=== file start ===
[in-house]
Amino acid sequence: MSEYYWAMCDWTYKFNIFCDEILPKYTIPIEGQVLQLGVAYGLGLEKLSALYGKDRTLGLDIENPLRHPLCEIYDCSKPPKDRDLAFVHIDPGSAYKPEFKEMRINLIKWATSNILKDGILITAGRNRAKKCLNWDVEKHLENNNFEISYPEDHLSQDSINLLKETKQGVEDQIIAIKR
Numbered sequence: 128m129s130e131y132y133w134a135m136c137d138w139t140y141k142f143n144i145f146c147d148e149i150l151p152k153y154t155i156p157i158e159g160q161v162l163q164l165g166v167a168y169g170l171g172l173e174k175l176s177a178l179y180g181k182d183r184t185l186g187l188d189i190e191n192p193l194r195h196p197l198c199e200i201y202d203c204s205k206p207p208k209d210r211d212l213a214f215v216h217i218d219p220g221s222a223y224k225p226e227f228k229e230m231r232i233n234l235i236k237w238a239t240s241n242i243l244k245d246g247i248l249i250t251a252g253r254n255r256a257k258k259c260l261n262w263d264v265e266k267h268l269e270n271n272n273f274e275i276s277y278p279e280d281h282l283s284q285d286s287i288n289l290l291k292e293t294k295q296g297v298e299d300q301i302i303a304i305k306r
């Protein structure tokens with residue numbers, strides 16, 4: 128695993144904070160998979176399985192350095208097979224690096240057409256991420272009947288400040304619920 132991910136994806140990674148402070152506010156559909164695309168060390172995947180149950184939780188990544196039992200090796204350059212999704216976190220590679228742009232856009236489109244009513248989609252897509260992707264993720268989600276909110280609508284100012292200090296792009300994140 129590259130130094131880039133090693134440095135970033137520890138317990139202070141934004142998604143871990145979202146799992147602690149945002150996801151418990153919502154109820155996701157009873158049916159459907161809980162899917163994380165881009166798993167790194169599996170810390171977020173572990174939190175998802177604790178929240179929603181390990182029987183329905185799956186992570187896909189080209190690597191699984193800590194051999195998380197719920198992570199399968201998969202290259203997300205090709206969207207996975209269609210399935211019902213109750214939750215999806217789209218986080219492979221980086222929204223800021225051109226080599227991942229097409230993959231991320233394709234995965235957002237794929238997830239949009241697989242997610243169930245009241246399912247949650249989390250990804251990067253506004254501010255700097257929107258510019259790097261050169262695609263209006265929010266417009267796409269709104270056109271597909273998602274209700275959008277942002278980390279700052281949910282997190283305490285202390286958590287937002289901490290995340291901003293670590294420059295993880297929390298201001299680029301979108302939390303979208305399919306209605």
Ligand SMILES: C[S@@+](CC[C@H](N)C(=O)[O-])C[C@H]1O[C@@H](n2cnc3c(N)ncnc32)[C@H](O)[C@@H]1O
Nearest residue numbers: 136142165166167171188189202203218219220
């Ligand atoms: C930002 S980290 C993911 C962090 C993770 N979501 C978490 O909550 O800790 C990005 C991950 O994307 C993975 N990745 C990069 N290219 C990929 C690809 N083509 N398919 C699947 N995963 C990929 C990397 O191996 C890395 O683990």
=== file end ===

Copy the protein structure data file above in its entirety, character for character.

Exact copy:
[in-house]
Amino acid sequence: MSEYYWAMCDWTYKFNIFCDEILPKYTIPIEGQVLQLGVAYGLGLEKLSALYGKDRTLGLDIENPLRHPLCEIYDCSKPPKDRDLAFVHIDPGSAYKPEFKEMRINLIKWATSNILKDGILITAGRNRAKKCLNWDVEKHLENNNFEISYPEDHLSQDSINLLKETKQGVEDQIIAIKR
Numbered sequence: 128m129s130e131y132y133w134a135m136c137d138w139t140y141k142f143n144i145f146c147d148e149i150l151p152k153y154t155i156p157i158e159g160q161v162l163q164l165g166v167a168y169g170l171g172l173e174k175l176s177a178l179y180g181k182d183r184t185l186g187l188d189i190e191n192p193l194r195h196p197l198c199e200i201y202d203c204s205k206p207p208k209d210r211d212l213a214f215v216h217i218d219p220g221s222a223y224k225p226e227f228k229e230m231r232i233n234l235i236k237w238a239t240s241n242i243l244k245d246g247i248l249i250t251a252g253r254n255r256a257k258k259c260l261n262w263d264v265e266k267h268l269e270n271n272n273f274e275i276s277y278p279e280d281h282l283s284q285d286s287i288n289l290l291k292e293t294k295q296g297v298e299d300q301i302i303a304i305k306r
């Protein structure tokens with residue numbers, strides 16, 4: 128695993144904070160998979176399985192350095208097979224690096240057409256991420272009947288400040304619920 132991910136994806140990674148402070152506010156559909164695309168060390172995947180149950184939780188990544196039992200090796204350059212999704216976190220590679228742009232856009236489109244009513248989609252897509260992707264993720268989600276909110280609508284100012292200090296792009300994140 129590259130130094131880039133090693134440095135970033137520890138317990139202070141934004142998604143871990145979202146799992147602690149945002150996801151418990153919502154109820155996701157009873158049916159459907161809980162899917163994380165881009166798993167790194169599996170810390171977020173572990174939190175998802177604790178929240179929603181390990182029987183329905185799956186992570187896909189080209190690597191699984193800590194051999195998380197719920198992570199399968201998969202290259203997300205090709206969207207996975209269609210399935211019902213109750214939750215999806217789209218986080219492979221980086222929204223800021225051109226080599227991942229097409230993959231991320233394709234995965235957002237794929238997830239949009241697989242997610243169930245009241246399912247949650249989390250990804251990067253506004254501010255700097257929107258510019259790097261050169262695609263209006265929010266417009267796409269709104270056109271597909273998602274209700275959008277942002278980390279700052281949910282997190283305490285202390286958590287937002289901490290995340291901003293670590294420059295993880297929390298201001299680029301979108302939390303979208305399919306209605």
Ligand SMILES: C[S@@+](CC[C@H](N)C(=O)[O-])C[C@H]1O[C@@H](n2cnc3c(N)ncnc32)[C@H](O)[C@@H]1O
Nearest residue numbers: 136142165166167171188189202203218219220
């Ligand atoms: C930002 S980290 C993911 C962090 C993770 N979501 C978490 O909550 O800790 C990005 C991950 O994307 C993975 N990745 C990069 N290219 C990929 C690809 N083509 N398919 C699947 N995963 C990929 C990397 O191996 C890395 O683990």